IN OTHER WORDS
World War II killed at least 35 million people, more than 300 times the number killed in the Iraq war, even by the highest estimates. But the number of journalists who died covering Iraq reached 75 last year — six more than the number who died, all over the globe, covering World War II.
The reasons for the greater danger to reporters in Iraq are several. One is the nature of the conflict. Some of the 23 killed last year died in mass suicide bombings. Two were shot accidentally by US troops. But the great majority, especially of Iraqi journalists, were murdered by insurgents because they reported favourably for democracy. The object, clearly, was not only to kill the offending reporters, but to intimidate others and snuff out similar reporting. For the most part, it hasn’t worked.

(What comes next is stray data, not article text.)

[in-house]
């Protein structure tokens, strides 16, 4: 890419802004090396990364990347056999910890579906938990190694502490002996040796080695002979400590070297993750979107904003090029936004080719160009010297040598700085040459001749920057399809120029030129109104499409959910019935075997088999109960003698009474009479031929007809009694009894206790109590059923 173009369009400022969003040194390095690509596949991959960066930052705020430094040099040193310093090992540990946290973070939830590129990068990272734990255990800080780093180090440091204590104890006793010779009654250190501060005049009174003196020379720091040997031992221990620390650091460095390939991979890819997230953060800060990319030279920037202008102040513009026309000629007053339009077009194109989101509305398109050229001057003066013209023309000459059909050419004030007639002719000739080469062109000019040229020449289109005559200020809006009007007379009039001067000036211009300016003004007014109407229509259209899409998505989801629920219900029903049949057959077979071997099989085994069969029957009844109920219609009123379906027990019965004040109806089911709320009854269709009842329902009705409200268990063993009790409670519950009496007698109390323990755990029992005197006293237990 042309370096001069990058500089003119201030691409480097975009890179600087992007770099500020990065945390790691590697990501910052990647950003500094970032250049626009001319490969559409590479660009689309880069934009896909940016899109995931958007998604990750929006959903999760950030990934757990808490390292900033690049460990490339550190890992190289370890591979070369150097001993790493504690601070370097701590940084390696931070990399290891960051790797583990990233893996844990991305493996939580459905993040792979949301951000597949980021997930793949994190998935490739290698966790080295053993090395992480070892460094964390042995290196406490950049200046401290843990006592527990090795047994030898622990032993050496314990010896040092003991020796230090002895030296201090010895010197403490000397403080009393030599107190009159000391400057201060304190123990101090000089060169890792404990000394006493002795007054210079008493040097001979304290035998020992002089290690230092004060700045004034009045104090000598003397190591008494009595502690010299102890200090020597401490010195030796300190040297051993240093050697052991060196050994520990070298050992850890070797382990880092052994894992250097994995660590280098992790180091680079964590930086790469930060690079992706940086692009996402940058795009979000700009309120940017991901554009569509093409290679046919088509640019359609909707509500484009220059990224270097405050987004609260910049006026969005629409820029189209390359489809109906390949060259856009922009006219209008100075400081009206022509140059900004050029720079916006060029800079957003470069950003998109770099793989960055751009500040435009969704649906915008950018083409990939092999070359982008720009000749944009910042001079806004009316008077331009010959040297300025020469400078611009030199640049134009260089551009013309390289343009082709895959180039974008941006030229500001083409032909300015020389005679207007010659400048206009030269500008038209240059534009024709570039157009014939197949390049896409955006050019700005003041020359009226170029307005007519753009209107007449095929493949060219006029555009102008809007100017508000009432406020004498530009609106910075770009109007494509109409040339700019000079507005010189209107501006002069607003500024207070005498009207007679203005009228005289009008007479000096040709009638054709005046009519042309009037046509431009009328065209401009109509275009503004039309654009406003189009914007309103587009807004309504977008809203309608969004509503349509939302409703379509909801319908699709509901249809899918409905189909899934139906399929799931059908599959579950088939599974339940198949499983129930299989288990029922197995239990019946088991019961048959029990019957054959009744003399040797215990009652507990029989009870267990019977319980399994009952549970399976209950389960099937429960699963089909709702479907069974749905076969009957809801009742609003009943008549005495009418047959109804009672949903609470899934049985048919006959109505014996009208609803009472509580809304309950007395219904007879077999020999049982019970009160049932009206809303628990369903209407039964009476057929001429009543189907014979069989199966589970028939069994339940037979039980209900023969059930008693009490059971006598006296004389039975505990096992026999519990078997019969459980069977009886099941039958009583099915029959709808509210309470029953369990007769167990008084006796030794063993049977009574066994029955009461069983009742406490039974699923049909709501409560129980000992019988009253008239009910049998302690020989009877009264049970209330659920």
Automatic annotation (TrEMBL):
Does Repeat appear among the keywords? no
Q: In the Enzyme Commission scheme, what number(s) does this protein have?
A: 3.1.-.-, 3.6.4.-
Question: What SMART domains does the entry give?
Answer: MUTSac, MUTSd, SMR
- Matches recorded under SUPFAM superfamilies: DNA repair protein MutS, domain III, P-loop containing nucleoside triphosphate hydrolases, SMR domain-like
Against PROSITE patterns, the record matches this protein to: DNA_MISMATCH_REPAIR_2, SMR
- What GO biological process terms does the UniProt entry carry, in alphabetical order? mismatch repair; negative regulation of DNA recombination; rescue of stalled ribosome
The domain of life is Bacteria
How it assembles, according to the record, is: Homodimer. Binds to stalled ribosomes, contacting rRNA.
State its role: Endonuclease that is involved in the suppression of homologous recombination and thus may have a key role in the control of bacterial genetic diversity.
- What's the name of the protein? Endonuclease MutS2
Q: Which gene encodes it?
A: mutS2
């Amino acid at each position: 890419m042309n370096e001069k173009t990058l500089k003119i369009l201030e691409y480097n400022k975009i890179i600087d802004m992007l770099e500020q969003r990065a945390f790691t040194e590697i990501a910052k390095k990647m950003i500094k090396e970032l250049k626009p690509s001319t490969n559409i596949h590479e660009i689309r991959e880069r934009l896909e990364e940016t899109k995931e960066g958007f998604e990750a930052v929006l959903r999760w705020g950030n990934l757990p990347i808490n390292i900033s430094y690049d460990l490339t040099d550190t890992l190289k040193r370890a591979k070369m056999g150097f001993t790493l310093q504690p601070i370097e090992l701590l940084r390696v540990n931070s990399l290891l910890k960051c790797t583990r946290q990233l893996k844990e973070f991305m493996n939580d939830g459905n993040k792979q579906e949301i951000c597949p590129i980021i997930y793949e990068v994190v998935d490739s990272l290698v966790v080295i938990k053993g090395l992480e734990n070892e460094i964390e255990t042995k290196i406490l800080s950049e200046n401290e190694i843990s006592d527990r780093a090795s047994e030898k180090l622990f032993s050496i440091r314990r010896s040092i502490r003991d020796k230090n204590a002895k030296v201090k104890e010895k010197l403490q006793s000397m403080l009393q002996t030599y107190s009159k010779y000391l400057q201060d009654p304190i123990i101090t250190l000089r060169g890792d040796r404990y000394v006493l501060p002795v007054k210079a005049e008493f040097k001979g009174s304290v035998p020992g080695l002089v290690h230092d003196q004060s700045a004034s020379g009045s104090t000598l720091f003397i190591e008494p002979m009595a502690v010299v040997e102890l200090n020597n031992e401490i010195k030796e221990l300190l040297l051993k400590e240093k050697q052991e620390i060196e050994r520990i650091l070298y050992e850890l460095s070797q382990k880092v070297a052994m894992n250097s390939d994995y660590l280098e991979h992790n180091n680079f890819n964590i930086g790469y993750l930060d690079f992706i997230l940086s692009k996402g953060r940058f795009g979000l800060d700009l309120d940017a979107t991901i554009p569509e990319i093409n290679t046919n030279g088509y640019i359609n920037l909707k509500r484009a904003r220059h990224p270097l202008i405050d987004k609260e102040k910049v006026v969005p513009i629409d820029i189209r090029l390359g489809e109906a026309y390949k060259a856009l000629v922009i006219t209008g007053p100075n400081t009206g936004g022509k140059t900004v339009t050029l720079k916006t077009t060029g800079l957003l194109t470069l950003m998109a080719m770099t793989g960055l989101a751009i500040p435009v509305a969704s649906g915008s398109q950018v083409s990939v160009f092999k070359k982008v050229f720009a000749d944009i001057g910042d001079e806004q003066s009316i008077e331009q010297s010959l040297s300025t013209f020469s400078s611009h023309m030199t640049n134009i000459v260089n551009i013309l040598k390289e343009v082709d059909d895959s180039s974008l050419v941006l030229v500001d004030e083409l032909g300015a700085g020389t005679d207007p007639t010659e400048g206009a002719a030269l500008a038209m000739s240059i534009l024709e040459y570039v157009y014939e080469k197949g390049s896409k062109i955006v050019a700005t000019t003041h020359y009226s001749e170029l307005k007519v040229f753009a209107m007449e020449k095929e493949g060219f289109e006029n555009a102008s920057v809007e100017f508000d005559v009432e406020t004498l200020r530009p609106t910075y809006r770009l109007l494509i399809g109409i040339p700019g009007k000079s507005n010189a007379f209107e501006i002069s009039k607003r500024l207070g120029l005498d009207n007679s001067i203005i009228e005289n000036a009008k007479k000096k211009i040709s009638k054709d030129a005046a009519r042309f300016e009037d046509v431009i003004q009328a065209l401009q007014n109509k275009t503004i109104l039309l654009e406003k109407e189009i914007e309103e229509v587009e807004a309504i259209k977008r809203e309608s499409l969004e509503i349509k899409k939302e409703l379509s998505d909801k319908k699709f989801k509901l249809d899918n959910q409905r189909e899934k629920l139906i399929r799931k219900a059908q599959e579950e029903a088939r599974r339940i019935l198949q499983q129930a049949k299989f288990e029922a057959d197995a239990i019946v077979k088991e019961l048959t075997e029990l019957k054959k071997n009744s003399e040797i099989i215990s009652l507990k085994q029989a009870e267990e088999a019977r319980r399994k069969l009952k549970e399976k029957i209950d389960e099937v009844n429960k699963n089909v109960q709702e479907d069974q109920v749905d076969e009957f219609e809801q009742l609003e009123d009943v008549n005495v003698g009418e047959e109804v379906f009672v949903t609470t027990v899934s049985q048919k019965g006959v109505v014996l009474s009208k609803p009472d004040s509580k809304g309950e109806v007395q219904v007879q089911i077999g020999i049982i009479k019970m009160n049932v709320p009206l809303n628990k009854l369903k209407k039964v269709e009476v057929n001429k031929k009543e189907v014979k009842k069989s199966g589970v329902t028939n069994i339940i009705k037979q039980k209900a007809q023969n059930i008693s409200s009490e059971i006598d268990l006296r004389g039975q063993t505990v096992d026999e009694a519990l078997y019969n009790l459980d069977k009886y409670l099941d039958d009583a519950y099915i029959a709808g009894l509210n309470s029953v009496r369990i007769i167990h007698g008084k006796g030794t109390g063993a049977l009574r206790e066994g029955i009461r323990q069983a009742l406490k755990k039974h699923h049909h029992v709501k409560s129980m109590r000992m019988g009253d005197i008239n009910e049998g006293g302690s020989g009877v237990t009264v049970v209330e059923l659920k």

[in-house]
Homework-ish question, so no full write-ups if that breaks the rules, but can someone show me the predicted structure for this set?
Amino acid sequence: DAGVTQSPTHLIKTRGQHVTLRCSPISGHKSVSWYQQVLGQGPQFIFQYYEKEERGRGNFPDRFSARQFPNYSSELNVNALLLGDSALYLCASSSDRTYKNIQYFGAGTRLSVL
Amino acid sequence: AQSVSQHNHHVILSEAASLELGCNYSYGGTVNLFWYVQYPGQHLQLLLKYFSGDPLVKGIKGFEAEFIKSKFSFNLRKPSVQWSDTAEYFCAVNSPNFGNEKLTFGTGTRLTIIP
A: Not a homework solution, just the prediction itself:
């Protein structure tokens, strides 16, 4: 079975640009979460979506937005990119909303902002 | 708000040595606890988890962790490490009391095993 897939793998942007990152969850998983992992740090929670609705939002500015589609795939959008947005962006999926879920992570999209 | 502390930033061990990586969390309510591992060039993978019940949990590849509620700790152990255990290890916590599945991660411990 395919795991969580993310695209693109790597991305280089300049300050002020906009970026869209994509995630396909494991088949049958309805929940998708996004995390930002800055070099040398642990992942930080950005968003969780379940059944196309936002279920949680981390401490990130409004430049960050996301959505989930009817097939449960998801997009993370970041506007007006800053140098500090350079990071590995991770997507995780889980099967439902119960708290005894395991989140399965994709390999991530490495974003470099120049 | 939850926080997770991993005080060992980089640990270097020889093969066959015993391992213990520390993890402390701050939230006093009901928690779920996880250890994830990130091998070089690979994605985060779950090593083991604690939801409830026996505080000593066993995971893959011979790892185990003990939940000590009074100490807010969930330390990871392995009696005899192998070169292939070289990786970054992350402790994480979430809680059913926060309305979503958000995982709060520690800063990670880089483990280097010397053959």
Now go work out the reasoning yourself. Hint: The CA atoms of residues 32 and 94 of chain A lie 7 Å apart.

Thirty-six died or were killed while reporting in 21 countries last year. Some died in accidents while many were killed because of their profession. In the Philippines alone, six journalists who were exposing corruption were assassinated by gunfire. Providing the public with accurate accounts of wars, revolts, crime, and corrupt regimes has always been hazardous work — never more so than now. It is worthwhile to take a moment to honour those who have died and also to honour the many brave so-uls who have followed them into the field. — The Boston Globe